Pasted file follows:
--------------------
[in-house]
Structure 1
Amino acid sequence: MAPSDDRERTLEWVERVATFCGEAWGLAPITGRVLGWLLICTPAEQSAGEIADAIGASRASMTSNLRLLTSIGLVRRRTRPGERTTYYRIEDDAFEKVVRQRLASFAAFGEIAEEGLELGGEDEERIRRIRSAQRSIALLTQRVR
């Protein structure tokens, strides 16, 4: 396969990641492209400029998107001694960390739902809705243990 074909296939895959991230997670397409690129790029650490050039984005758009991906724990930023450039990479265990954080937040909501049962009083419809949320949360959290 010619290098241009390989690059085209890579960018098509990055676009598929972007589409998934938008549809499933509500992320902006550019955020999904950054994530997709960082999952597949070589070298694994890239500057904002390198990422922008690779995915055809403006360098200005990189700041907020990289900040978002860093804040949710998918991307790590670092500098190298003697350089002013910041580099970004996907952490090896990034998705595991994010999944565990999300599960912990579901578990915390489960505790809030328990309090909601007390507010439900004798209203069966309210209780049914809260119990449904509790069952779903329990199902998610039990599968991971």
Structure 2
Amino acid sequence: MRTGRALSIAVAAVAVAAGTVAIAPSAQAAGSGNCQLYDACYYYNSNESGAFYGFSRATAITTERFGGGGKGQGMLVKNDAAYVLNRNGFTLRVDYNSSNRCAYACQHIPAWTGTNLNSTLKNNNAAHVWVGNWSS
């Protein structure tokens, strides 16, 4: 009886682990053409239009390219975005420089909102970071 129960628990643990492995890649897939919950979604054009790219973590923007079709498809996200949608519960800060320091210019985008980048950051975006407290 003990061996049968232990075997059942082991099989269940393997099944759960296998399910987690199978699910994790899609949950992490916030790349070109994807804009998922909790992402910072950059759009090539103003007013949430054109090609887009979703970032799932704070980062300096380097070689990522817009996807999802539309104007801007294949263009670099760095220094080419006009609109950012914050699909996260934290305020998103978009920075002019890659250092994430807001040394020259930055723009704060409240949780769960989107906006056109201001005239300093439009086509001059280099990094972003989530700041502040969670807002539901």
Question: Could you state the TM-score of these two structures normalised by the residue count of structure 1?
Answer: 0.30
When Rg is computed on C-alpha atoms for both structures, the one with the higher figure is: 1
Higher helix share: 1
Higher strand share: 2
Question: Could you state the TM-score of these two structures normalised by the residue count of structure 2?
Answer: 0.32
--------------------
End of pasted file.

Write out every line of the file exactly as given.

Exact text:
[in-house]
Structure 1
Amino acid sequence: MAPSDDRERTLEWVERVATFCGEAWGLAPITGRVLGWLLICTPAEQSAGEIADAIGASRASMTSNLRLLTSIGLVRRRTRPGERTTYYRIEDDAFEKVVRQRLASFAAFGEIAEEGLELGGEDEERIRRIRSAQRSIALLTQRVR
């Protein structure tokens, strides 16, 4: 396969990641492209400029998107001694960390739902809705243990 074909296939895959991230997670397409690129790029650490050039984005758009991906724990930023450039990479265990954080937040909501049962009083419809949320949360959290 010619290098241009390989690059085209890579960018098509990055676009598929972007589409998934938008549809499933509500992320902006550019955020999904950054994530997709960082999952597949070589070298694994890239500057904002390198990422922008690779995915055809403006360098200005990189700041907020990289900040978002860093804040949710998918991307790590670092500098190298003697350089002013910041580099970004996907952490090896990034998705595991994010999944565990999300599960912990579901578990915390489960505790809030328990309090909601007390507010439900004798209203069966309210209780049914809260119990449904509790069952779903329990199902998610039990599968991971």
Structure 2
Amino acid sequence: MRTGRALSIAVAAVAVAAGTVAIAPSAQAAGSGNCQLYDACYYYNSNESGAFYGFSRATAITTERFGGGGKGQGMLVKNDAAYVLNRNGFTLRVDYNSSNRCAYACQHIPAWTGTNLNSTLKNNNAAHVWVGNWSS
């Protein structure tokens, strides 16, 4: 009886682990053409239009390219975005420089909102970071 129960628990643990492995890649897939919950979604054009790219973590923007079709498809996200949608519960800060320091210019985008980048950051975006407290 003990061996049968232990075997059942082991099989269940393997099944759960296998399910987690199978699910994790899609949950992490916030790349070109994807804009998922909790992402910072950059759009090539103003007013949430054109090609887009979703970032799932704070980062300096380097070689990522817009996807999802539309104007801007294949263009670099760095220094080419006009609109950012914050699909996260934290305020998103978009920075002019890659250092994430807001040394020259930055723009704060409240949780769960989107906006056109201001005239300093439009086509001059280099990094972003989530700041502040969670807002539901």
Question: Could you state the TM-score of these two structures normalised by the residue count of structure 1?
Answer: 0.30
When Rg is computed on C-alpha atoms for both structures, the one with the higher figure is: 1
Higher helix share: 1
Higher strand share: 2
Question: Could you state the TM-score of these two structures normalised by the residue count of structure 2?
Answer: 0.32